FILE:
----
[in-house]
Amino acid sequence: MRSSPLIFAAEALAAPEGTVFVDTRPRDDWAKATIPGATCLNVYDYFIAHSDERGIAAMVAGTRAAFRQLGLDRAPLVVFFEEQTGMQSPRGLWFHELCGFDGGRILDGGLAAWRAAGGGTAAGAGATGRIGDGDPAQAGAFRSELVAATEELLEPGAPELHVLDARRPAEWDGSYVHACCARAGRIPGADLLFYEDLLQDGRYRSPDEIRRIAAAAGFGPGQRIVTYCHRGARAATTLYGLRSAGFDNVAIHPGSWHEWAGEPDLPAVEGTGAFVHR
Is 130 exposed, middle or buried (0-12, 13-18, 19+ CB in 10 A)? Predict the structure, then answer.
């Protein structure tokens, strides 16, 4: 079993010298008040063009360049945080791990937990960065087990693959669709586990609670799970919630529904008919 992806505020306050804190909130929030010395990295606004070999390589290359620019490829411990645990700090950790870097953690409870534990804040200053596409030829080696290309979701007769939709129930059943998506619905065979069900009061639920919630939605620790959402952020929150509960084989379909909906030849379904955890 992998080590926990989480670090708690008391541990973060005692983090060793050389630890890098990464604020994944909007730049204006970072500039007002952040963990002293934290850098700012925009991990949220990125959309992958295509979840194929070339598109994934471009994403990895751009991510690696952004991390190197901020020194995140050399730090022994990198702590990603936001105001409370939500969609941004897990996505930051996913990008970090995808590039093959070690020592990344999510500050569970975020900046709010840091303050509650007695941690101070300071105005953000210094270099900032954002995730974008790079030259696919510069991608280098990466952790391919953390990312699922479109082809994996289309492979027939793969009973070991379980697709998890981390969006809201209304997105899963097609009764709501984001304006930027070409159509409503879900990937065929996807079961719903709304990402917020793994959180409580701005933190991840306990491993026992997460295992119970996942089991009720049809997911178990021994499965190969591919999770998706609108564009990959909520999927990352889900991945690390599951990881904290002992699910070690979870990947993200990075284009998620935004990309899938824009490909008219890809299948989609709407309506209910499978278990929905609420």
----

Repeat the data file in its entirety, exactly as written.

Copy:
[in-house]
Amino acid sequence: MRSSPLIFAAEALAAPEGTVFVDTRPRDDWAKATIPGATCLNVYDYFIAHSDERGIAAMVAGTRAAFRQLGLDRAPLVVFFEEQTGMQSPRGLWFHELCGFDGGRILDGGLAAWRAAGGGTAAGAGATGRIGDGDPAQAGAFRSELVAATEELLEPGAPELHVLDARRPAEWDGSYVHACCARAGRIPGADLLFYEDLLQDGRYRSPDEIRRIAAAAGFGPGQRIVTYCHRGARAATTLYGLRSAGFDNVAIHPGSWHEWAGEPDLPAVEGTGAFVHR
Is 130 exposed, middle or buried (0-12, 13-18, 19+ CB in 10 A)? Predict the structure, then answer.
């Protein structure tokens, strides 16, 4: 079993010298008040063009360049945080791990937990960065087990693959669709586990609670799970919630529904008919 992806505020306050804190909130929030010395990295606004070999390589290359620019490829411990645990700090950790870097953690409870534990804040200053596409030829080696290309979701007769939709129930059943998506619905065979069900009061639920919630939605620790959402952020929150509960084989379909909906030849379904955890 992998080590926990989480670090708690008391541990973060005692983090060793050389630890890098990464604020994944909007730049204006970072500039007002952040963990002293934290850098700012925009991990949220990125959309992958295509979840194929070339598109994934471009994403990895751009991510690696952004991390190197901020020194995140050399730090022994990198702590990603936001105001409370939500969609941004897990996505930051996913990008970090995808590039093959070690020592990344999510500050569970975020900046709010840091303050509650007695941690101070300071105005953000210094270099900032954002995730974008790079030259696919510069991608280098990466952790391919953390990312699922479109082809994996289309492979027939793969009973070991379980697709998890981390969006809201209304997105899963097609009764709501984001304006930027070409159509409503879900990937065929996807079961719903709304990402917020793994959180409580701005933190991840306990491993026992997460295992119970996942089991009720049809997911178990021994499965190969591919999770998706609108564009990959909520999927990352889900991945690390599951990881904290002992699910070690979870990947993200990075284009998620935004990309899938824009490909008219890809299948989609709407309506209910499978278990929905609420």